Bogeyface Sun 18-Sep-16 01:24:42

How about

"I am sorry that I left the key in the door and you couldnt get in. It wasnt intentional but I realise that it was a PITA for you, so I apologise. Now would you like to apologise for shouting when our child had only just gone to sleep, sulking all day and for behaving like a fucking brat over something that was clearly not meant maliciously?"

RunRabbitRunRabbit Sun 18-Sep-16 01:31:18

In my house we would be pissing ourselves laughing about the locking out for 5 minutes.

Your DH is a dick. Don't apologise unless he grovels for being a total dick to you.

DH and I have done stuff like that locking out to each other a few times. We take it as a sign that the "offender" was exhausted and is thus in obvious need of extra support and the "victim" provides that support. That's because neither of us is a dick.

Bogeyface Sun 18-Sep-16 01:31:25

delphinium we always keep our front door locked. Our front door opens on to the street and if I was upstairs then someone could easily get in without me hearing them. Insurance companies often use this as a reason to not pay out, as part of their terms and conditions is that you secure your property.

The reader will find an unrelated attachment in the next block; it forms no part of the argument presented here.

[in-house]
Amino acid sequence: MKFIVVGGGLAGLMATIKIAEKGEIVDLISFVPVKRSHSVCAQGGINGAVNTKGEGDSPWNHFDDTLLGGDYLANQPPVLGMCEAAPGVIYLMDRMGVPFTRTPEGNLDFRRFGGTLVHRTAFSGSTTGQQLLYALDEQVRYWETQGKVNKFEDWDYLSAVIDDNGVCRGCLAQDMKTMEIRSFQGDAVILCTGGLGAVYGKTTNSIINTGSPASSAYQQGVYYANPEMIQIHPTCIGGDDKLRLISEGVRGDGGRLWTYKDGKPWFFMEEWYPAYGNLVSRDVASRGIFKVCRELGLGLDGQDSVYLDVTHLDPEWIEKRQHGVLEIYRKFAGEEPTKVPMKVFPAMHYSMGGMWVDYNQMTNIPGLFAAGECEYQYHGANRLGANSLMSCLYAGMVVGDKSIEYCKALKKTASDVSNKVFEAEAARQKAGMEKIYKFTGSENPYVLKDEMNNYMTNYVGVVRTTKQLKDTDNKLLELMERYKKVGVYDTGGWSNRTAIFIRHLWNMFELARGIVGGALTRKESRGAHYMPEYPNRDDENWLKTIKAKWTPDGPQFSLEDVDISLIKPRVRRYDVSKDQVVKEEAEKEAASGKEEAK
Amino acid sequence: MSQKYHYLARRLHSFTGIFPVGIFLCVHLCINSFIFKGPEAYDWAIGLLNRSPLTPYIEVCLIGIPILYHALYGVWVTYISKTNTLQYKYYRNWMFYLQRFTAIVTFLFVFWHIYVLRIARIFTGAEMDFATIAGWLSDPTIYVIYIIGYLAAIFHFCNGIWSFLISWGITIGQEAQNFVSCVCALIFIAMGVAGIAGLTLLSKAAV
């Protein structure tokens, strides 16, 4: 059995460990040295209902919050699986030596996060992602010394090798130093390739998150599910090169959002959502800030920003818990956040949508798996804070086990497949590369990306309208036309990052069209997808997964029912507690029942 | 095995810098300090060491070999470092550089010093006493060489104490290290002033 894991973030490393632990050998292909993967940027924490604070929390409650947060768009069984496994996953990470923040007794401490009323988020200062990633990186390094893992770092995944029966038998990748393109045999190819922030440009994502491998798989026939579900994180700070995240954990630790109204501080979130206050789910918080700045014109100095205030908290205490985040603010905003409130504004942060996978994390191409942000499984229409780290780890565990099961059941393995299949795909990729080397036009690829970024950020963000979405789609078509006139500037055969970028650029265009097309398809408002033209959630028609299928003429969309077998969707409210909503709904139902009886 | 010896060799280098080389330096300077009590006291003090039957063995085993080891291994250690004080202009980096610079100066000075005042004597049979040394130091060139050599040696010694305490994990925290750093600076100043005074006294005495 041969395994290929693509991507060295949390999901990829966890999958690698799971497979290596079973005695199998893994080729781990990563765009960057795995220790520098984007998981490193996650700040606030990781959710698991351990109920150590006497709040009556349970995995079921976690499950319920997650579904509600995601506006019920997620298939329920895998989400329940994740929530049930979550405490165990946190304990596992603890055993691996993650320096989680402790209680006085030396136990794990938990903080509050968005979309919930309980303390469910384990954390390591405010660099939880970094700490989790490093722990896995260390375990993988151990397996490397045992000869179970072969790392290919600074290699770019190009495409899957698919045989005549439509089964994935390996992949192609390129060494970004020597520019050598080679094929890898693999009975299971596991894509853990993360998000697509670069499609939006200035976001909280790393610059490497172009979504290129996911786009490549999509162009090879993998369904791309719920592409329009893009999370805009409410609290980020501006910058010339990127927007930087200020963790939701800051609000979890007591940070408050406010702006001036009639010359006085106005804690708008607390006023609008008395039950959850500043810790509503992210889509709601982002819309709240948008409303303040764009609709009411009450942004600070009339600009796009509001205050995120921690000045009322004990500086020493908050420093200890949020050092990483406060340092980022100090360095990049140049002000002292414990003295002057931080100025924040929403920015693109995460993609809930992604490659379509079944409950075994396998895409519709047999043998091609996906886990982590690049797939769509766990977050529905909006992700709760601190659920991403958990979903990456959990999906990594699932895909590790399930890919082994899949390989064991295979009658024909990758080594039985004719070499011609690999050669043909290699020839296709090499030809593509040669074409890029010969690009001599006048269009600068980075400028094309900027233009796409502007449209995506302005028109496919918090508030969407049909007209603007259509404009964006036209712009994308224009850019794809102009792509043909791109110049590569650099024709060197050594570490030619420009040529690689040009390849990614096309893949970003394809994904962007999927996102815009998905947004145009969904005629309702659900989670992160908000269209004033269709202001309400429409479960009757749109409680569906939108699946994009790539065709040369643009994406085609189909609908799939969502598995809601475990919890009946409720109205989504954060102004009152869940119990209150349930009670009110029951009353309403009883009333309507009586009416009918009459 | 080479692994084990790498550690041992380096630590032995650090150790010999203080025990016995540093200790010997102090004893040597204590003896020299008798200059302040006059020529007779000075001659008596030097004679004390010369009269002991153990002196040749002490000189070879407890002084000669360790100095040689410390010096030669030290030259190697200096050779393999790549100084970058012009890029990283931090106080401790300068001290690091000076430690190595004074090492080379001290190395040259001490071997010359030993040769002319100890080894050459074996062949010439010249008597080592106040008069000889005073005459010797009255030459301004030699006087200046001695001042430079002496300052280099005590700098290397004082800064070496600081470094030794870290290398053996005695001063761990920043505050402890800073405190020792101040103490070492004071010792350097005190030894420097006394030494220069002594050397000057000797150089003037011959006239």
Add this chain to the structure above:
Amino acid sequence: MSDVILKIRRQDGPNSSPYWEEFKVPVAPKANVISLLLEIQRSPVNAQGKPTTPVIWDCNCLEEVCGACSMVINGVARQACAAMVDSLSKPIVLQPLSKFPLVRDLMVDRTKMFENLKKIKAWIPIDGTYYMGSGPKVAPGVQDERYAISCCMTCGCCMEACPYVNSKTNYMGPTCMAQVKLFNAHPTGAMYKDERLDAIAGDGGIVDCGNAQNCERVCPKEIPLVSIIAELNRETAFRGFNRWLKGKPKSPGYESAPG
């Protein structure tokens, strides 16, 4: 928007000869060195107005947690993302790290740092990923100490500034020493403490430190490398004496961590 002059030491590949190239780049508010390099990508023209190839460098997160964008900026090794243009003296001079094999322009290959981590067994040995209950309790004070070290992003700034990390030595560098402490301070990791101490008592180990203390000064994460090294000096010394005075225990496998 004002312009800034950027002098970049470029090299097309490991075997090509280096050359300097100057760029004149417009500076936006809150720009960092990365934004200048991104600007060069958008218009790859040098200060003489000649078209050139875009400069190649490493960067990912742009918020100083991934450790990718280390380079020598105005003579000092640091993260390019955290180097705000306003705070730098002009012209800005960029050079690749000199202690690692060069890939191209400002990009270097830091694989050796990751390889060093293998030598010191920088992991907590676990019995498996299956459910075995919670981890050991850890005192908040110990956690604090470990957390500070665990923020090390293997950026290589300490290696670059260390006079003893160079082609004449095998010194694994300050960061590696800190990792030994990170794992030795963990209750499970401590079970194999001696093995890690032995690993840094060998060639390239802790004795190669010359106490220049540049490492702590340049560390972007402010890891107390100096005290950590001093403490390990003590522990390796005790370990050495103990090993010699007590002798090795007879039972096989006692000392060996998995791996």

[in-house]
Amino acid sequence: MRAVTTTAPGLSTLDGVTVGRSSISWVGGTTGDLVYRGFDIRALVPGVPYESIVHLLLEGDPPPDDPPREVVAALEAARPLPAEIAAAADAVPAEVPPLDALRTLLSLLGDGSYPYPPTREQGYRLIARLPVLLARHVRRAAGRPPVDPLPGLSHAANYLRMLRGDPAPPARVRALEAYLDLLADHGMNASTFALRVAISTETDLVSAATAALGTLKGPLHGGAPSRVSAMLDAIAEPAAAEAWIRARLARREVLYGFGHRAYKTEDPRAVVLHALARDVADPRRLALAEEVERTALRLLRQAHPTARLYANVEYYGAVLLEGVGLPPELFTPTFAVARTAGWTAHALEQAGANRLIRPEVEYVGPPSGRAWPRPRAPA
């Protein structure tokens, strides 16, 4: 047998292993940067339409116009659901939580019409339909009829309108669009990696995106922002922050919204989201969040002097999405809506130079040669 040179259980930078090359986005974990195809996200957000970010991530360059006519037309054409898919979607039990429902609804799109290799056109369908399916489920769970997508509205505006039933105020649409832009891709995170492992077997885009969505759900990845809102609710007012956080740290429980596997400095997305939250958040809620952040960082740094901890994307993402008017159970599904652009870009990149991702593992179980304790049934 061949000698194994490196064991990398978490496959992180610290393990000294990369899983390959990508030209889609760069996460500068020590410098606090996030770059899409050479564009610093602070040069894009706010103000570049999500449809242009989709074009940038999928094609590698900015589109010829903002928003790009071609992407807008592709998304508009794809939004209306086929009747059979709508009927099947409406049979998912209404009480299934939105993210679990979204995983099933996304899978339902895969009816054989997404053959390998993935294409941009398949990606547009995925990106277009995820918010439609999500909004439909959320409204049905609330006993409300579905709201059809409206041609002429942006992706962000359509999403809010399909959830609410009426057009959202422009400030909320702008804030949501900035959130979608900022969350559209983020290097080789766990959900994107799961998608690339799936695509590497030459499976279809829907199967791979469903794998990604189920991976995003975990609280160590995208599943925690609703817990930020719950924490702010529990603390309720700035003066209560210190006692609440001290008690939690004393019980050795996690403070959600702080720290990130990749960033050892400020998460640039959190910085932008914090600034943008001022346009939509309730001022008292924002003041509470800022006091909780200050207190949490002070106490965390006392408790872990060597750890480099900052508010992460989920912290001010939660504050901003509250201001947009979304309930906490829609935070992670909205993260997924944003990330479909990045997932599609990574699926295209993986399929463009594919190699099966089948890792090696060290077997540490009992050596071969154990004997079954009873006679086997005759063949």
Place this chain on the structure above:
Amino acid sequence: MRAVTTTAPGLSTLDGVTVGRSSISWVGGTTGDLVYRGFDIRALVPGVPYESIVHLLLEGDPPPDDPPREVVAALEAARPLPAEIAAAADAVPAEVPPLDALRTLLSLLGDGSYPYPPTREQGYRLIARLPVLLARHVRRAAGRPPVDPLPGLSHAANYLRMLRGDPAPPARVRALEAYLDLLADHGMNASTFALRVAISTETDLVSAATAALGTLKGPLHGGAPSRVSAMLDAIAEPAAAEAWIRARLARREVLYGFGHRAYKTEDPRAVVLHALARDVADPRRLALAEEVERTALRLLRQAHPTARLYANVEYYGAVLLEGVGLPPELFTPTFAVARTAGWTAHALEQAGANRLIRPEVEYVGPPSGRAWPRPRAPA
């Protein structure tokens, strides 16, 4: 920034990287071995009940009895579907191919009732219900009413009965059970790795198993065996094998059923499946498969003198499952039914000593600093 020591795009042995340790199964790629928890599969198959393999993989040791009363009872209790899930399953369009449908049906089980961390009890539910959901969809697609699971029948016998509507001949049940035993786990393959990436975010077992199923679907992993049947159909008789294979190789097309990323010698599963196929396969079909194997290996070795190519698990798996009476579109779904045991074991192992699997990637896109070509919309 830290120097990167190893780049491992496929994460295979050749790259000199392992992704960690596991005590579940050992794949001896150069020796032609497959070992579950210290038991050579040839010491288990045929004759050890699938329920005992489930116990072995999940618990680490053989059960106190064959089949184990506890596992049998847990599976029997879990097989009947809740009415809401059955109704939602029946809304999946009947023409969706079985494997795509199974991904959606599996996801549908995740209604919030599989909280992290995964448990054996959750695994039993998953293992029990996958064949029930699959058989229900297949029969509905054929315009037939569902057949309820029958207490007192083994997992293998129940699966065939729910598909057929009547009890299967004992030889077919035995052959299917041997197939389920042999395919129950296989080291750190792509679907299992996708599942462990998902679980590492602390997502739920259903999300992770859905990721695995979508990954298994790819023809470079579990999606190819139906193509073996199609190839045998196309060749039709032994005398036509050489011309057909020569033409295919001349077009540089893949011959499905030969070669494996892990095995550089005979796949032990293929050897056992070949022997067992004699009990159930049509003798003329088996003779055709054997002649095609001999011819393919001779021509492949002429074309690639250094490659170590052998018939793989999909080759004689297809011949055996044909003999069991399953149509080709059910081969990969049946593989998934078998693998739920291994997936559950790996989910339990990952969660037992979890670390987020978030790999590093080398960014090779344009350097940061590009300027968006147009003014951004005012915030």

HappyJanuary Sun 18-Sep-16 04:42:13

If you could hear him swearing at the door then you presumably heard him knocking too?

Five minutes is actually a long time, and I don't understand why you didn't go to open the door sooner, or see what the problem was. Surely your DC wanted to see him?

Maybe he thought you had done it on purpose, particularly if you were irritated that he'd stopped to buy trainers, or didn't seem sorry when you eventually opened the door.

Having said that, bad behaviour on his part, to be shouting in the first place, and to carry it on the next day.

Secretsandlies222 Sun 18-Sep-16 06:46:19

His sulking is unacceptable. However, It sounds as if there was some passive aggression on your side too, OP, perhaps because he chose to shop instead of coming home immediately. You knew the door was locked, could hear him outside but you didn't let him in at that point. So it doesn't sound like an innocent mistake as you suggest and perhaps your DH knows this.

RiceCrispieTreats Sun 18-Sep-16 06:55:36

I won't why you didn't apologise when you opened the door (and still won't). What do you think apologies are for? Intentional wrongdoings?? No, they are for honest mistakes that have harmed another.

RiceCrispieTreats Sun 18-Sep-16 06:55:59

I *wonder, it should say.